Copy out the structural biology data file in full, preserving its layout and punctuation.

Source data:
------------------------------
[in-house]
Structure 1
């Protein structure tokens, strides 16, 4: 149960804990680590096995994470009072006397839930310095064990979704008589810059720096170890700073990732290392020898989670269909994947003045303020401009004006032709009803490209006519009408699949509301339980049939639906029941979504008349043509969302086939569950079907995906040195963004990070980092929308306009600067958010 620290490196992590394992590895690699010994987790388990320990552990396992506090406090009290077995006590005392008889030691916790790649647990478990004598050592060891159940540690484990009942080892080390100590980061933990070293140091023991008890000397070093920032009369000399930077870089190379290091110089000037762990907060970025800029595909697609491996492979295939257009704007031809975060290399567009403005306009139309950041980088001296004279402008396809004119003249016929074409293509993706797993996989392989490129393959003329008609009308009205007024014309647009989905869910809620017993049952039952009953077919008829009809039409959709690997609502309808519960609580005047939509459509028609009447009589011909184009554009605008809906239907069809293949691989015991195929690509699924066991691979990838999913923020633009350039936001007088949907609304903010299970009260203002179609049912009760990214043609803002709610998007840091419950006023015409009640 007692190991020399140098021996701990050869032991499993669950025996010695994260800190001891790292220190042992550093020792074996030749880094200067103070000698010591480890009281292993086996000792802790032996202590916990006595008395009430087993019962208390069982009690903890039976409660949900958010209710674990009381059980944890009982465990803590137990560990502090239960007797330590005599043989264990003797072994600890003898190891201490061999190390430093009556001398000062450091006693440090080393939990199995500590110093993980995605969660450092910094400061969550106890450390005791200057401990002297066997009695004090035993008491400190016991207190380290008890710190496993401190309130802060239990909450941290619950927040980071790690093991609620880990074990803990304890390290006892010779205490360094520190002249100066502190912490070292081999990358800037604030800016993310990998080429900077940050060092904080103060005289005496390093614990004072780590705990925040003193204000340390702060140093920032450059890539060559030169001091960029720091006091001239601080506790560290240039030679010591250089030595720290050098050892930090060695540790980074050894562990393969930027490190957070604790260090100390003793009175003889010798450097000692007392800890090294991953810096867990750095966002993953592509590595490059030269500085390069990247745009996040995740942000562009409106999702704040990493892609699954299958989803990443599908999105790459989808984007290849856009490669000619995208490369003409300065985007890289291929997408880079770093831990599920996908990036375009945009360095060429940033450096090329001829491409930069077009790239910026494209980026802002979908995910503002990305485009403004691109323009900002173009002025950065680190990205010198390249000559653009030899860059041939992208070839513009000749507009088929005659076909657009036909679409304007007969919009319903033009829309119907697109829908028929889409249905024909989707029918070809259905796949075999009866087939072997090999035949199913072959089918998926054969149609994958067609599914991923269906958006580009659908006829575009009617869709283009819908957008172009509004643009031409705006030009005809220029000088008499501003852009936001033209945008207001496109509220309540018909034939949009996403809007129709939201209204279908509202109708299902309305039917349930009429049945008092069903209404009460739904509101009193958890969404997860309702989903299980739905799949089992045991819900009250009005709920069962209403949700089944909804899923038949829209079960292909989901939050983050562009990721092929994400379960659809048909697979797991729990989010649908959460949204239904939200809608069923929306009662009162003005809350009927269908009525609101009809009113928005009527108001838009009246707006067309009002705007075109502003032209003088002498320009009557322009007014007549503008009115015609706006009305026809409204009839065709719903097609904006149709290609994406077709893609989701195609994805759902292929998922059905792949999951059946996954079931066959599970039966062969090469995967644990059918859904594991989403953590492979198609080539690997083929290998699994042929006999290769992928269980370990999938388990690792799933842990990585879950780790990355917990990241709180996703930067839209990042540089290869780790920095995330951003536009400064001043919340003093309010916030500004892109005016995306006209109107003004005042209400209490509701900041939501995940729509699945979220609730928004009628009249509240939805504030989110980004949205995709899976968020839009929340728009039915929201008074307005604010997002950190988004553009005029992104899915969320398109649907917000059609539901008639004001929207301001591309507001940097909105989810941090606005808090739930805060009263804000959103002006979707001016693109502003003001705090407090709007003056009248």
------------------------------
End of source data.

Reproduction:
[in-house]
Structure 1
């Protein structure tokens, strides 16, 4: 149960804990680590096995994470009072006397839930310095064990979704008589810059720096170890700073990732290392020898989670269909994947003045303020401009004006032709009803490209006519009408699949509301339980049939639906029941979504008349043509969302086939569950079907995906040195963004990070980092929308306009600067958010 620290490196992590394992590895690699010994987790388990320990552990396992506090406090009290077995006590005392008889030691916790790649647990478990004598050592060891159940540690484990009942080892080390100590980061933990070293140091023991008890000397070093920032009369000399930077870089190379290091110089000037762990907060970025800029595909697609491996492979295939257009704007031809975060290399567009403005306009139309950041980088001296004279402008396809004119003249016929074409293509993706797993996989392989490129393959003329008609009308009205007024014309647009989905869910809620017993049952039952009953077919008829009809039409959709690997609502309808519960609580005047939509459509028609009447009589011909184009554009605008809906239907069809293949691989015991195929690509699924066991691979990838999913923020633009350039936001007088949907609304903010299970009260203002179609049912009760990214043609803002709610998007840091419950006023015409009640 007692190991020399140098021996701990050869032991499993669950025996010695994260800190001891790292220190042992550093020792074996030749880094200067103070000698010591480890009281292993086996000792802790032996202590916990006595008395009430087993019962208390069982009690903890039976409660949900958010209710674990009381059980944890009982465990803590137990560990502090239960007797330590005599043989264990003797072994600890003898190891201490061999190390430093009556001398000062450091006693440090080393939990199995500590110093993980995605969660450092910094400061969550106890450390005791200057401990002297066997009695004090035993008491400190016991207190380290008890710190496993401190309130802060239990909450941290619950927040980071790690093991609620880990074990803990304890390290006892010779205490360094520190002249100066502190912490070292081999990358800037604030800016993310990998080429900077940050060092904080103060005289005496390093614990004072780590705990925040003193204000340390702060140093920032450059890539060559030169001091960029720091006091001239601080506790560290240039030679010591250089030595720290050098050892930090060695540790980074050894562990393969930027490190957070604790260090100390003793009175003889010798450097000692007392800890090294991953810096867990750095966002993953592509590595490059030269500085390069990247745009996040995740942000562009409106999702704040990493892609699954299958989803990443599908999105790459989808984007290849856009490669000619995208490369003409300065985007890289291929997408880079770093831990599920996908990036375009945009360095060429940033450096090329001829491409930069077009790239910026494209980026802002979908995910503002990305485009403004691109323009900002173009002025950065680190990205010198390249000559653009030899860059041939992208070839513009000749507009088929005659076909657009036909679409304007007969919009319903033009829309119907697109829908028929889409249905024909989707029918070809259905796949075999009866087939072997090999035949199913072959089918998926054969149609994958067609599914991923269906958006580009659908006829575009009617869709283009819908957008172009509004643009031409705006030009005809220029000088008499501003852009936001033209945008207001496109509220309540018909034939949009996403809007129709939201209204279908509202109708299902309305039917349930009429049945008092069903209404009460739904509101009193958890969404997860309702989903299980739905799949089992045991819900009250009005709920069962209403949700089944909804899923038949829209079960292909989901939050983050562009990721092929994400379960659809048909697979797991729990989010649908959460949204239904939200809608069923929306009662009162003005809350009927269908009525609101009809009113928005009527108001838009009246707006067309009002705007075109502003032209003088002498320009009557322009007014007549503008009115015609706006009305026809409204009839065709719903097609904006149709290609994406077709893609989701195609994805759902292929998922059905792949999951059946996954079931066959599970039966062969090469995967644990059918859904594991989403953590492979198609080539690997083929290998699994042929006999290769992928269980370990999938388990690792799933842990990585879950780790990355917990990241709180996703930067839209990042540089290869780790920095995330951003536009400064001043919340003093309010916030500004892109005016995306006209109107003004005042209400209490509701900041939501995940729509699945979220609730928004009628009249509240939805504030989110980004949205995709899976968020839009929340728009039915929201008074307005604010997002950190988004553009005029992104899915969320398109649907917000059609539901008639004001929207301001591309507001940097909105989810941090606005808090739930805060009263804000959103002006979707001016693109502003003001705090407090709007003056009248």